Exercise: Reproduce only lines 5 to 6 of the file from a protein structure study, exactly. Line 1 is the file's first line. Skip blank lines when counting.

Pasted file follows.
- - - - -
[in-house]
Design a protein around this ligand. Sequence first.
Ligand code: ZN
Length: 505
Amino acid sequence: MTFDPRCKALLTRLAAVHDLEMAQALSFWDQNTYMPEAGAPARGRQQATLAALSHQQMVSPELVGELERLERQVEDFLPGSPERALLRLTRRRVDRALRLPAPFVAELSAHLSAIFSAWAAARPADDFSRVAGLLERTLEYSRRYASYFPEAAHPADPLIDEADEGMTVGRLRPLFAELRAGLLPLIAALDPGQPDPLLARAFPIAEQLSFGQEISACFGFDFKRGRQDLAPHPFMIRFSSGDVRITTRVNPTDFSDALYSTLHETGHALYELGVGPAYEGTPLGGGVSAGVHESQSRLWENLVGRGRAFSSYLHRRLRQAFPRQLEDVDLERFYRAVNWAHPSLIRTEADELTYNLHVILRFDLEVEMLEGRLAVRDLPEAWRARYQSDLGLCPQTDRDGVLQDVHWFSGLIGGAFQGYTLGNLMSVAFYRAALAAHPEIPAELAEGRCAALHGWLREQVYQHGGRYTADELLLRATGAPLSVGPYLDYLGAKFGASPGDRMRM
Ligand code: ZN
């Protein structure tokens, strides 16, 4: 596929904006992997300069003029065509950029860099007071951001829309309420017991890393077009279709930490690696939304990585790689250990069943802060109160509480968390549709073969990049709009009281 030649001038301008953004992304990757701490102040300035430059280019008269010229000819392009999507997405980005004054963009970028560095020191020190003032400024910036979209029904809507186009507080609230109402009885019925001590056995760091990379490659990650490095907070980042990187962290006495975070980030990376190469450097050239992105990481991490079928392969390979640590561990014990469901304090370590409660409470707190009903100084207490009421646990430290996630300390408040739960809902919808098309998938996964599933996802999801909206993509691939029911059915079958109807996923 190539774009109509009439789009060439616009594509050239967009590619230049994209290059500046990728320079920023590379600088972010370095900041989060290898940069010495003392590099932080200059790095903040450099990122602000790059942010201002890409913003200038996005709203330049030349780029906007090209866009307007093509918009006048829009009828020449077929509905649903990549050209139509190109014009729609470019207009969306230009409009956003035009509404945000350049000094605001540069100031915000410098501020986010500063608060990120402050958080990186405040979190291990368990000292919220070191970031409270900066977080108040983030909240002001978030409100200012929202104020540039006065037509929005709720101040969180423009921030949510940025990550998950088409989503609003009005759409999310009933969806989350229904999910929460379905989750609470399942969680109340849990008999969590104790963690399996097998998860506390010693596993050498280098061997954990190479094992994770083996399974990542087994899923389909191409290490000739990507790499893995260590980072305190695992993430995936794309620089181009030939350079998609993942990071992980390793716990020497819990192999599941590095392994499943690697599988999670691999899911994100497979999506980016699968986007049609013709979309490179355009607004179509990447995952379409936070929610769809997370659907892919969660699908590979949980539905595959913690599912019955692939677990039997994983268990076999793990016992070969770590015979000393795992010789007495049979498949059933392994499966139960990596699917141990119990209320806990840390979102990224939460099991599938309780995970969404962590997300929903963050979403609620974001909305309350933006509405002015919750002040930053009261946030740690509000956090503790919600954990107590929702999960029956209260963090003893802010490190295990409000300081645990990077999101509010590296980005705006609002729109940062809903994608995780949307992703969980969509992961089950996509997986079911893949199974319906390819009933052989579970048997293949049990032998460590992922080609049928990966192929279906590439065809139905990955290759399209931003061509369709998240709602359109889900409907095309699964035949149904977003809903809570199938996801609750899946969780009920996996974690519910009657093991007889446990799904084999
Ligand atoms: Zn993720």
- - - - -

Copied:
Amino acid sequence: MTFDPRCKALLTRLAAVHDLEMAQALSFWDQNTYMPEAGAPARGRQQATLAALSHQQMVSPELVGELERLERQVEDFLPGSPERALLRLTRRRVDRALRLPAPFVAELSAHLSAIFSAWAAARPADDFSRVAGLLERTLEYSRRYASYFPEAAHPADPLIDEADEGMTVGRLRPLFAELRAGLLPLIAALDPGQPDPLLARAFPIAEQLSFGQEISACFGFDFKRGRQDLAPHPFMIRFSSGDVRITTRVNPTDFSDALYSTLHETGHALYELGVGPAYEGTPLGGGVSAGVHESQSRLWENLVGRGRAFSSYLHRRLRQAFPRQLEDVDLERFYRAVNWAHPSLIRTEADELTYNLHVILRFDLEVEMLEGRLAVRDLPEAWRARYQSDLGLCPQTDRDGVLQDVHWFSGLIGGAFQGYTLGNLMSVAFYRAALAAHPEIPAELAEGRCAALHGWLREQVYQHGGRYTADELLLRATGAPLSVGPYLDYLGAKFGASPGDRMRM
Ligand code: ZN